Green Pulse Ep 49: Can aquaculture solve the seafood “seaspiracy”?
Synopsis: Every first and third Monday of the month, The Straits Times analyses the beat of the changing environment, from biodiversity conservation to climate change in this podcast series.
The recently-released Netflix film “Seaspiracy”, which calls on people to stop eating seafood, has generated widespread debate. Supporters say the film highlights the impact of industrial fishing on marine life, bringing public attention to an aspect of the trade that not many usually think about. But others have lambasted the British filmmaker Ali Tabrizi for inaccurate facts and figures used to support the arguments made.
In this episode, ST speaks with Professor Dean Jerry, an aquaculture expert from the Singapore campus of the James Cook University, about the implications of seafood consumption and the role of aquaculture in feeding the world.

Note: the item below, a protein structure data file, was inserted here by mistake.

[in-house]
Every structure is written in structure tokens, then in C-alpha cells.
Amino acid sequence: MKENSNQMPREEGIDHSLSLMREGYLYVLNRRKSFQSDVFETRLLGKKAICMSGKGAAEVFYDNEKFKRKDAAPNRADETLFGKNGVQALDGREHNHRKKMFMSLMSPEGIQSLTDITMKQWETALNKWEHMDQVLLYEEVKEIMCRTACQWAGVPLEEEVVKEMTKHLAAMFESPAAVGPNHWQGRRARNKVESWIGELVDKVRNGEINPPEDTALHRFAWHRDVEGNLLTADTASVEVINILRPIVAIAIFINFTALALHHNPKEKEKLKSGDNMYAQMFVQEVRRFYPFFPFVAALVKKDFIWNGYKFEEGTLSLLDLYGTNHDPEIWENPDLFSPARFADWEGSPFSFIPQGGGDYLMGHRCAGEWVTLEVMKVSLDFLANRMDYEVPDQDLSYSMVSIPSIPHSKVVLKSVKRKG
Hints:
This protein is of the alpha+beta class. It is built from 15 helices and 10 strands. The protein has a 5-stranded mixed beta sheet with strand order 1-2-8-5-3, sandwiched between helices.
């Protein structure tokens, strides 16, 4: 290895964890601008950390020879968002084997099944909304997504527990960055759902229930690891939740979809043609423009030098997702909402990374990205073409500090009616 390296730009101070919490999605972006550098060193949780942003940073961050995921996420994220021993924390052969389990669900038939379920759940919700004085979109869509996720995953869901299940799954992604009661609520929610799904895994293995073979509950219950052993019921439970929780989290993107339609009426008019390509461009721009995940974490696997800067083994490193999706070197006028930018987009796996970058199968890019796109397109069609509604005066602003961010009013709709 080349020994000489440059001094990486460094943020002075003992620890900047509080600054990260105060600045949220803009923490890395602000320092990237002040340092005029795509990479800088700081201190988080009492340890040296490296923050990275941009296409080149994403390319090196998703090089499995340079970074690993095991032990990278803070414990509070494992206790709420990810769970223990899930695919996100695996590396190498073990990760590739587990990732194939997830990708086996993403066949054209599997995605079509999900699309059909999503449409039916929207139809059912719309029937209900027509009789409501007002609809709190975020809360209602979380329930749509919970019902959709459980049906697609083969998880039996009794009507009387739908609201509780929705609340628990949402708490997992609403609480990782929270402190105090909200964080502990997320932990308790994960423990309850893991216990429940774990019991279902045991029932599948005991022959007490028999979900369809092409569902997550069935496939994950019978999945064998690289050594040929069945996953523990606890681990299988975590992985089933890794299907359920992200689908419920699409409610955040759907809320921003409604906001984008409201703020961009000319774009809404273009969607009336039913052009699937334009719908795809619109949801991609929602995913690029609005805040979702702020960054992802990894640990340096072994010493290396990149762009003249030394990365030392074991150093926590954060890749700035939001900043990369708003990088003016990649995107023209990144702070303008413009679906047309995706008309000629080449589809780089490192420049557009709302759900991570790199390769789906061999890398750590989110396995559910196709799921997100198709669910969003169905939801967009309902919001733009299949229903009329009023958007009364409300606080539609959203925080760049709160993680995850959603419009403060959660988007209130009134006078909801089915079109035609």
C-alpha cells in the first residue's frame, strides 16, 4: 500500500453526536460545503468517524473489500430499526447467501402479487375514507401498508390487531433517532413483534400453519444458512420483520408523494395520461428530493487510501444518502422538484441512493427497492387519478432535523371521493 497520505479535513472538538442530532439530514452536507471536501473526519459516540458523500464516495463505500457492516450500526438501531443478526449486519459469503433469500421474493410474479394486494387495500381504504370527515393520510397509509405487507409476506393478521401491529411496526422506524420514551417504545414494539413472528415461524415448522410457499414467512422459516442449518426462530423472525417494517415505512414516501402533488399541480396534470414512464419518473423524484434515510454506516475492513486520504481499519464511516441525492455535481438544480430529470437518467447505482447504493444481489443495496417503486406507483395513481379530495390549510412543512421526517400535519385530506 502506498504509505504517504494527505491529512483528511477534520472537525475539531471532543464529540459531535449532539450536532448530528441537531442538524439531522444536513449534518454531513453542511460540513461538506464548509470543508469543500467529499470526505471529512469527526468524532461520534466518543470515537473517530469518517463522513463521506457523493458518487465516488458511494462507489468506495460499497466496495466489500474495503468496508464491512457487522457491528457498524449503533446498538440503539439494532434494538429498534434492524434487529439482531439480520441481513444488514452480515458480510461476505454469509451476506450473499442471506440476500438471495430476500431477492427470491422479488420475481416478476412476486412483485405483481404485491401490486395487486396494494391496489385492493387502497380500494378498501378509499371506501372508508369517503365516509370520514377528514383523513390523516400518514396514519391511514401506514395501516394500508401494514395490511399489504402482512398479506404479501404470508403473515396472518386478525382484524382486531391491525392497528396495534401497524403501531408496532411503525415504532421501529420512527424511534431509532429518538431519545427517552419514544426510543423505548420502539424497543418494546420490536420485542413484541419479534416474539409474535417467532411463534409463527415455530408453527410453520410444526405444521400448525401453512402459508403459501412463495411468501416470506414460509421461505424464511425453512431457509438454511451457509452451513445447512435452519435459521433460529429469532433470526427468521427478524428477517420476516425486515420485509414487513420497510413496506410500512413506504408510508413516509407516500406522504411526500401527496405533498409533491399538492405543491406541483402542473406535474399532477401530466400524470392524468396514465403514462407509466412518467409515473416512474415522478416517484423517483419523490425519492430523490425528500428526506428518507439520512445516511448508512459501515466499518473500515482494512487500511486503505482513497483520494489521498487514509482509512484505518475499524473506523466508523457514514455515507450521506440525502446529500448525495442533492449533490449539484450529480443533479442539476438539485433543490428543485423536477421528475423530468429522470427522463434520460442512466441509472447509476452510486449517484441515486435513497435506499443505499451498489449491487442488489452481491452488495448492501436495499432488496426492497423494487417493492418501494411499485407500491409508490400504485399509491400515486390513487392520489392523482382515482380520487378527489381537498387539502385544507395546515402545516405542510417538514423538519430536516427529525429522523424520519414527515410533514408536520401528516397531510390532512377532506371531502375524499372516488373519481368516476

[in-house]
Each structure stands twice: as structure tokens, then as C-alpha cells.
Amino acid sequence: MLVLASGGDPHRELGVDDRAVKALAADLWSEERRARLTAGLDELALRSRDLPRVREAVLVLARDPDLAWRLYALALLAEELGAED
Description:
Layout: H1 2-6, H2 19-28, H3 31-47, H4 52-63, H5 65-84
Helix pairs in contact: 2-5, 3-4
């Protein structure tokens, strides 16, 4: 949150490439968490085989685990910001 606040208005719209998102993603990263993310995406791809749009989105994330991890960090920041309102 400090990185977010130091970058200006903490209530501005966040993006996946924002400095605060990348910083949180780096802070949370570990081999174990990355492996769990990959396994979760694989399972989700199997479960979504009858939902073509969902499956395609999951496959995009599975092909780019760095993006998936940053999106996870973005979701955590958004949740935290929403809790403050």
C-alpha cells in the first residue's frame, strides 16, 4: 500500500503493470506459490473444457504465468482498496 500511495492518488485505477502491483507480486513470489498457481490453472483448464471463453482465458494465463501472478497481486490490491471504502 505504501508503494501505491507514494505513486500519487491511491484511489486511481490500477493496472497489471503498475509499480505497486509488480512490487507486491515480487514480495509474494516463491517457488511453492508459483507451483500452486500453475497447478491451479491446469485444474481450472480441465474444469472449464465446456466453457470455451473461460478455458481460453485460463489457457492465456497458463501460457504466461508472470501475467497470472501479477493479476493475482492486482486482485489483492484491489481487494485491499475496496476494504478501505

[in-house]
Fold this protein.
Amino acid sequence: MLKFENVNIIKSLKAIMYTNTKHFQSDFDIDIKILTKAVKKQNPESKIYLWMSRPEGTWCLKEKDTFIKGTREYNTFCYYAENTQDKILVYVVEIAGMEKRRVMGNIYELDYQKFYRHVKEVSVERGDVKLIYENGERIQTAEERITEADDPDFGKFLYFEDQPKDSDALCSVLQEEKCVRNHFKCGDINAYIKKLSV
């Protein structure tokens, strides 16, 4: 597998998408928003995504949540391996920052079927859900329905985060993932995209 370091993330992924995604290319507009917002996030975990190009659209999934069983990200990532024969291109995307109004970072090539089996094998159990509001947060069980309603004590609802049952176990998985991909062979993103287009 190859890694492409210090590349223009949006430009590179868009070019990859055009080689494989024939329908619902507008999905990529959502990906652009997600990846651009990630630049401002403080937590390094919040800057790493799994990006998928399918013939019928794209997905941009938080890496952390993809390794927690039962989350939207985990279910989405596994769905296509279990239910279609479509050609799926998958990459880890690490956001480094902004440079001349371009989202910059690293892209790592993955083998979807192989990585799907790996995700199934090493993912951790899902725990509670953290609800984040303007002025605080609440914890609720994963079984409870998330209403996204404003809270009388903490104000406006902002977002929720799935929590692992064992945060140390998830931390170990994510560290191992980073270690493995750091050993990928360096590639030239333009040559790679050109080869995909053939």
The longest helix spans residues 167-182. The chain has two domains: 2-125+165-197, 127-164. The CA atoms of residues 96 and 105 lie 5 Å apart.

They discuss the following points:
1. Is the demand for seafood really emptying the oceans? (2:43)
2. How can Singapore consumers identify sustainable wild-caught seafood? (6:55)
3. What is the role of aquaculture in feeding the world? (9:33)
4. But aquaculture does not have a pristine reputation, so can it be made more environmentally-friendly? (13:28)
5. Can there still be plenty of fish in the sea, while ensuring that communities can continue to get access to seafood? (17:25)
Listen to Ep 44: Fishy business about the fish you eat in Singapore: https://omny.fm/shows/green-pulse-1/in-hot-soup-the-fishy-business-about...
FAO’s (Food & Agriculture Organization of the UN) state of the world fisheries: http://www.fao.org/state-of-fisheries-aquaculture
Edited by: Penelope Lee
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